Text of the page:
Patient presented to emergency after an altercation with a plane glass window, deep laceration to the hand and heavily intoxicated.
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There are obvious soft tissue injuries over the dorsal aspect of the second and fifth metacarpal heads; also there is gas present as a result of the open wound.
Fracture of the dorsal aspect of the hamate.
Hamate fractures account for 2-4% of carpal bone fractures 1-3. The hamate fracture is a commonly missed fracture due to the complexity of the anatomy of the carpal bone area and in this case 2, other distracting injuries associated with it.
There exist two pertinent factors that could have potentially delayed the diagnosis of the fracture mentioned above:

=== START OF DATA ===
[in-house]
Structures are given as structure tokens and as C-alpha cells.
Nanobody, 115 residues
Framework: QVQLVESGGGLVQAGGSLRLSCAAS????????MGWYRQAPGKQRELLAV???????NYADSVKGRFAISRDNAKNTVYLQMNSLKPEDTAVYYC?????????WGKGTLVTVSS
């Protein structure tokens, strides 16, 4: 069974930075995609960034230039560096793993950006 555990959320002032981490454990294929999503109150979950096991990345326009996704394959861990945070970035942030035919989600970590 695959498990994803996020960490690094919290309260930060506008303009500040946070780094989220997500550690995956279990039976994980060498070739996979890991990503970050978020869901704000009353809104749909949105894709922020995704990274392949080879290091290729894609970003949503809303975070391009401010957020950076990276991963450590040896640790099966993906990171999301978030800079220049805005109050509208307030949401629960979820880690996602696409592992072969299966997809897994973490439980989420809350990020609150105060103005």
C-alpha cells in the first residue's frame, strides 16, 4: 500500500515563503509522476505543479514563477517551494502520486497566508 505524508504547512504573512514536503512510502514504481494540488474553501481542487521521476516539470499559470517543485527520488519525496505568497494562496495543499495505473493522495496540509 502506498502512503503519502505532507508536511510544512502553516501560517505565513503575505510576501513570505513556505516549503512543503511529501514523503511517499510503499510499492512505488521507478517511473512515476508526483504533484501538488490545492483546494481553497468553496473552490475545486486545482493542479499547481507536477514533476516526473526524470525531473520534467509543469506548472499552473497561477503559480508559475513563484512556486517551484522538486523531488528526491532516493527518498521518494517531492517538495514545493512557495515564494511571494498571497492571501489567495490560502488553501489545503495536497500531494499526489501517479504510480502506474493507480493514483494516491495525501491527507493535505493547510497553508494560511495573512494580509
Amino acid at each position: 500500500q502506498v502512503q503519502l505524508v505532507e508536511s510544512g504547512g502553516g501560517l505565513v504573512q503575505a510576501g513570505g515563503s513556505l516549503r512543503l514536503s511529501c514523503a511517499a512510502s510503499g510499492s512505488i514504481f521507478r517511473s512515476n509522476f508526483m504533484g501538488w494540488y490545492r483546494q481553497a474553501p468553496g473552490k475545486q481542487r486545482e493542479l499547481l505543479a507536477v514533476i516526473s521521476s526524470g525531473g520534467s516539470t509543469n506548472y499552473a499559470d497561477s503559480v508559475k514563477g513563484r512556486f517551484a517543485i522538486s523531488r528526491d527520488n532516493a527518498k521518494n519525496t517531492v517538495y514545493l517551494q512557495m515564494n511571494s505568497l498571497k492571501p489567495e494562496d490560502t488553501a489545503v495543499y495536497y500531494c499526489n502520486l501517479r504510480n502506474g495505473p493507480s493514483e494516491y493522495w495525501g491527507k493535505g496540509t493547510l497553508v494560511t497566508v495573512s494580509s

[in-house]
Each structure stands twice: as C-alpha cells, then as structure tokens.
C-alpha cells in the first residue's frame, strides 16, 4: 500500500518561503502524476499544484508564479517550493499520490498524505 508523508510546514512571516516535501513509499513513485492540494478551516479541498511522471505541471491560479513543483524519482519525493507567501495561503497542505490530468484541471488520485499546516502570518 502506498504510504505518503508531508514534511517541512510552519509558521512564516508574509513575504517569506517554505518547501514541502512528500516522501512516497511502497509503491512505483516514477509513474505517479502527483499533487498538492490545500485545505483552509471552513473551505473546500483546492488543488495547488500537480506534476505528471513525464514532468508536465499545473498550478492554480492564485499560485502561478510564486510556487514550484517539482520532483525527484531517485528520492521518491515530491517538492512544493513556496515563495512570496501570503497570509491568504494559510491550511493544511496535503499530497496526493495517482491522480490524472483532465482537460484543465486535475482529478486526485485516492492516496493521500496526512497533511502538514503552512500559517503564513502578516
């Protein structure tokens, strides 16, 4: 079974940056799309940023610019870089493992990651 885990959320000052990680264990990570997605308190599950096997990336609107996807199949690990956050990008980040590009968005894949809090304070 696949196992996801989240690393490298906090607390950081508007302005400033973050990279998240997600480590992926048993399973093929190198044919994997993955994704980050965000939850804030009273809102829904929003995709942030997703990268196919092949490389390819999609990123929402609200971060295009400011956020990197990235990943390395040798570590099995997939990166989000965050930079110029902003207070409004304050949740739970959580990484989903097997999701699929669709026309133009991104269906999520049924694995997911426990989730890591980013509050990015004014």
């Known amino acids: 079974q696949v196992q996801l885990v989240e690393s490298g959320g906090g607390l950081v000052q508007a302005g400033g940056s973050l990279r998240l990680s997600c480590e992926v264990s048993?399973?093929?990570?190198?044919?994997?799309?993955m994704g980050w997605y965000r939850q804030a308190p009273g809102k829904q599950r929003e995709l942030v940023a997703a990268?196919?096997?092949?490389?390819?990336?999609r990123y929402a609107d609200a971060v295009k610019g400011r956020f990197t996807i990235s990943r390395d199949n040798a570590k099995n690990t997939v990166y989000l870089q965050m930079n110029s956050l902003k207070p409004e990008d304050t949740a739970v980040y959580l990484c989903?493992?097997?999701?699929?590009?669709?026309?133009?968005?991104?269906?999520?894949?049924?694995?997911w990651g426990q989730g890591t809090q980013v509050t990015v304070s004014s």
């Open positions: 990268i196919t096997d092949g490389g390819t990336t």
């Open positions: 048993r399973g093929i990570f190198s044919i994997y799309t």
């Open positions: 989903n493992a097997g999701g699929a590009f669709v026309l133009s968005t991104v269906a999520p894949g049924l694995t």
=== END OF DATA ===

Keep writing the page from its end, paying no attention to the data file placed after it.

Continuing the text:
- significant soft tissue damage acting as a distraction injury for both the patient and the attending team
- intoxication and unwillingness to specify the source of pain
This case is an excellent example of the value in 'parking' the obvious deformity and continuing to examine all areas of the radiograph.
- 1. Snoap T, Habeck J, Ruiter T. Hamate Fracture. Eplasty. 2015;15: ic28. Free text at pubmed - Pubmed citation
- 2. Goliver JA, Adamow JS, Goliver J. Hamate body and capitate fracture in punch injury. Am J Emerg Med. 2014;32 (10): 1303.e1-2. doi:10.1016/j.ajem.2014.03.050 - Pubmed citation
- 3. Hirano K, Inoue G. Classification and treatment of hamate fractures. Hand Surg. 2005;10 (02n03): 151-7. doi:10.1142/S0218810405002747 - Pubmed citation